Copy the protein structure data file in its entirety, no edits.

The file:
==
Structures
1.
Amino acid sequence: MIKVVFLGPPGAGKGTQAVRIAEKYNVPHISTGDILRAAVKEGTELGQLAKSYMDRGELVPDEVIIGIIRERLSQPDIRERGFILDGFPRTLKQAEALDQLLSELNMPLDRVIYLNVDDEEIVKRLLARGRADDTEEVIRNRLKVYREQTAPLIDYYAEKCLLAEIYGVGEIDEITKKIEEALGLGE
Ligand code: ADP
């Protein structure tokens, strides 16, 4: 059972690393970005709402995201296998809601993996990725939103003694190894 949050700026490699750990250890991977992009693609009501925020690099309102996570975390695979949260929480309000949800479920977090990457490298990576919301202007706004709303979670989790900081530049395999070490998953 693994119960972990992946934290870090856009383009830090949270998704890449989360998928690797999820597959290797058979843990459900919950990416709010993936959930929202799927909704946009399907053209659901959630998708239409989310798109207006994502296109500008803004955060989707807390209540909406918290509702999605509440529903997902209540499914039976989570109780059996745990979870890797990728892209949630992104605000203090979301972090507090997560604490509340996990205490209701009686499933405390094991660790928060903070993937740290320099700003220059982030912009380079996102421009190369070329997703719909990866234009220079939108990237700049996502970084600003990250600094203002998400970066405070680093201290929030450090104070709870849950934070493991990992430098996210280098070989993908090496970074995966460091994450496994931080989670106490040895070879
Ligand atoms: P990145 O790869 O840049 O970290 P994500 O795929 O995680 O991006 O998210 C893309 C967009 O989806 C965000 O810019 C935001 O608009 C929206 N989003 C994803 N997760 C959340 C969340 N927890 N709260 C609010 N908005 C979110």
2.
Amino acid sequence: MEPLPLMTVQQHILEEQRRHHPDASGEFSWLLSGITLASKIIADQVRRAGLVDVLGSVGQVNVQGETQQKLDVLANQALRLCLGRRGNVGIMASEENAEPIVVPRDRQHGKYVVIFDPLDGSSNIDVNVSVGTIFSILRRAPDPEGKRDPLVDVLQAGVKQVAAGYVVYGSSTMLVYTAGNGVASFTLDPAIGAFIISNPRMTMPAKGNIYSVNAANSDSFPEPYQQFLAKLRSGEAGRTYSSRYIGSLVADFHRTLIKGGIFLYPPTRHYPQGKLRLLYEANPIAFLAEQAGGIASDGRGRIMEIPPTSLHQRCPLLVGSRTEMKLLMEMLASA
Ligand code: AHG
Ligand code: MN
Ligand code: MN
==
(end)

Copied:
Structures
1.
Amino acid sequence: MIKVVFLGPPGAGKGTQAVRIAEKYNVPHISTGDILRAAVKEGTELGQLAKSYMDRGELVPDEVIIGIIRERLSQPDIRERGFILDGFPRTLKQAEALDQLLSELNMPLDRVIYLNVDDEEIVKRLLARGRADDTEEVIRNRLKVYREQTAPLIDYYAEKCLLAEIYGVGEIDEITKKIEEALGLGE
Ligand code: ADP
């Protein structure tokens, strides 16, 4: 059972690393970005709402995201296998809601993996990725939103003694190894 949050700026490699750990250890991977992009693609009501925020690099309102996570975390695979949260929480309000949800479920977090990457490298990576919301202007706004709303979670989790900081530049395999070490998953 693994119960972990992946934290870090856009383009830090949270998704890449989360998928690797999820597959290797058979843990459900919950990416709010993936959930929202799927909704946009399907053209659901959630998708239409989310798109207006994502296109500008803004955060989707807390209540909406918290509702999605509440529903997902209540499914039976989570109780059996745990979870890797990728892209949630992104605000203090979301972090507090997560604490509340996990205490209701009686499933405390094991660790928060903070993937740290320099700003220059982030912009380079996102421009190369070329997703719909990866234009220079939108990237700049996502970084600003990250600094203002998400970066405070680093201290929030450090104070709870849950934070493991990992430098996210280098070989993908090496970074995966460091994450496994931080989670106490040895070879
Ligand atoms: P990145 O790869 O840049 O970290 P994500 O795929 O995680 O991006 O998210 C893309 C967009 O989806 C965000 O810019 C935001 O608009 C929206 N989003 C994803 N997760 C959340 C969340 N927890 N709260 C609010 N908005 C979110």
2.
Amino acid sequence: MEPLPLMTVQQHILEEQRRHHPDASGEFSWLLSGITLASKIIADQVRRAGLVDVLGSVGQVNVQGETQQKLDVLANQALRLCLGRRGNVGIMASEENAEPIVVPRDRQHGKYVVIFDPLDGSSNIDVNVSVGTIFSILRRAPDPEGKRDPLVDVLQAGVKQVAAGYVVYGSSTMLVYTAGNGVASFTLDPAIGAFIISNPRMTMPAKGNIYSVNAANSDSFPEPYQQFLAKLRSGEAGRTYSSRYIGSLVADFHRTLIKGGIFLYPPTRHYPQGKLRLLYEANPIAFLAEQAGGIASDGRGRIMEIPPTSLHQRCPLLVGSRTEMKLLMEMLASA
Ligand code: AHG
Ligand code: MN
Ligand code: MN